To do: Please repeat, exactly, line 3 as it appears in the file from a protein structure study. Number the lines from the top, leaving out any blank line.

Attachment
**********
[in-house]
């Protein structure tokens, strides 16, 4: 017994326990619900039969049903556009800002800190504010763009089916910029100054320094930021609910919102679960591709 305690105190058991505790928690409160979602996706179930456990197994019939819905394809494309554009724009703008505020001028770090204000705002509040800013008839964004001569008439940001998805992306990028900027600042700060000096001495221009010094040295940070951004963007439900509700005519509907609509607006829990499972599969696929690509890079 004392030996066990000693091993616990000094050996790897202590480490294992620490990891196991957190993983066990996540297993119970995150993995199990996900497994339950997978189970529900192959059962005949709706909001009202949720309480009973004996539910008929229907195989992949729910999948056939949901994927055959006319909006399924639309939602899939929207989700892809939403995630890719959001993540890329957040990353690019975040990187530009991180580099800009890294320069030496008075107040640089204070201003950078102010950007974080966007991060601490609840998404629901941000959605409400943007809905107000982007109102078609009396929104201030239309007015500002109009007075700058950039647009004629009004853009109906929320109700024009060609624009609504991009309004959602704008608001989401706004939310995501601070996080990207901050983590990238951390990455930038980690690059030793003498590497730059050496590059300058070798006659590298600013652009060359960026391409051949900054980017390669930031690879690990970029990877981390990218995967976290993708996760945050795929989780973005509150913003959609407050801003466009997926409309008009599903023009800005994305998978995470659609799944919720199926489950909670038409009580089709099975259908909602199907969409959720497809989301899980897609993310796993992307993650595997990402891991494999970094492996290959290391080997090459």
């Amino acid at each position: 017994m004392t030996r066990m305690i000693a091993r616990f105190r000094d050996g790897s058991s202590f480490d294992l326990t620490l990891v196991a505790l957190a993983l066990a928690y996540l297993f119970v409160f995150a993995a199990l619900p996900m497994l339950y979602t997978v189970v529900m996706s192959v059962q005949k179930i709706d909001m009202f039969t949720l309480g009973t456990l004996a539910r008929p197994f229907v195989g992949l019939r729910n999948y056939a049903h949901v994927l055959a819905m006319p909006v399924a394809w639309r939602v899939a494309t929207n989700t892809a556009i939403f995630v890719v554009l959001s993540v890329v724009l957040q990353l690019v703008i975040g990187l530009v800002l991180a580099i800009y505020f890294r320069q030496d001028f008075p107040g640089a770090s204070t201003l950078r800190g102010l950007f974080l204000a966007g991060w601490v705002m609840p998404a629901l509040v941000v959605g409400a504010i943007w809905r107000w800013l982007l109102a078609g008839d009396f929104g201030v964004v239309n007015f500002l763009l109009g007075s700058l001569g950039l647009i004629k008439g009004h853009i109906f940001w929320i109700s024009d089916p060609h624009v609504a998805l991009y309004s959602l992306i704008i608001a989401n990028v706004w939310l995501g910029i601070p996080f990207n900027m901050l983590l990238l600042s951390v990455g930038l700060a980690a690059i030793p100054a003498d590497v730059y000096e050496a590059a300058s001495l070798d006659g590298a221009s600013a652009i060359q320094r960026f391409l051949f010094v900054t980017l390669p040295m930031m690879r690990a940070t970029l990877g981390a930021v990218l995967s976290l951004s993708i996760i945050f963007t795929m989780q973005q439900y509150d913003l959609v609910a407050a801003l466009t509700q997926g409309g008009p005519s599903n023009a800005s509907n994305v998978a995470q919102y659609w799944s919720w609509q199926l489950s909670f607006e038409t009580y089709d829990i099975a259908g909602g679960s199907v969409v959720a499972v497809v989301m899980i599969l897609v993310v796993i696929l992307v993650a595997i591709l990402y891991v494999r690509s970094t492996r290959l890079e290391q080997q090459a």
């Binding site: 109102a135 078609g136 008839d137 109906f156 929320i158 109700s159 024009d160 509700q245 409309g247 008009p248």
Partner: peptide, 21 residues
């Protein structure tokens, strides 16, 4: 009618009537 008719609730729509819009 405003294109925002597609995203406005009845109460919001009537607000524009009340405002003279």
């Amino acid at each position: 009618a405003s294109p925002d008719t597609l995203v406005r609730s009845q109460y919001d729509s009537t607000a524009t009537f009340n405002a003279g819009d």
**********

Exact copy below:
């Amino acid at each position: 017994m004392t030996r066990m305690i000693a091993r616990f105190r000094d050996g790897s058991s202590f480490d294992l326990t620490l990891v196991a505790l957190a993983l066990a928690y996540l297993f119970v409160f995150a993995a199990l619900p996900m497994l339950y979602t997978v189970v529900m996706s192959v059962q005949k179930i709706d909001m009202f039969t949720l309480g009973t456990l004996a539910r008929p197994f229907v195989g992949l019939r729910n999948y056939a049903h949901v994927l055959a819905m006319p909006v399924a394809w639309r939602v899939a494309t929207n989700t892809a556009i939403f995630v890719v554009l959001s993540v890329v724009l957040q990353l690019v703008i975040g990187l530009v800002l991180a580099i800009y505020f890294r320069q030496d001028f008075p107040g640089a770090s204070t201003l950078r800190g102010l950007f974080l204000a966007g991060w601490v705002m609840p998404a629901l509040v941000v959605g409400a504010i943007w809905r107000w800013l982007l109102a078609g008839d009396f929104g201030v964004v239309n007015f500002l763009l109009g007075s700058l001569g950039l647009i004629k008439g009004h853009i109906f940001w929320i109700s024009d089916p060609h624009v609504a998805l991009y309004s959602l992306i704008i608001a989401n990028v706004w939310l995501g910029i601070p996080f990207n900027m901050l983590l990238l600042s951390v990455g930038l700060a980690a690059i030793p100054a003498d590497v730059y000096e050496a590059a300058s001495l070798d006659g590298a221009s600013a652009i060359q320094r960026f391409l051949f010094v900054t980017l390669p040295m930031m690879r690990a940070t970029l990877g981390a930021v990218l995967s976290l951004s993708i996760i945050f963007t795929m989780q973005q439900y509150d913003l959609v609910a407050a801003l466009t509700q997926g409309g008009p005519s599903n023009a800005s509907n994305v998978a995470q919102y659609w799944s919720w609509q199926l489950s909670f607006e038409t009580y089709d829990i099975a259908g909602g679960s199907v969409v959720a499972v497809v989301m899980i599969l897609v993310v796993i696929l992307v993650a595997i591709l990402y891991v494999r690509s970094t492996r290959l890079e290391q080997q090459a």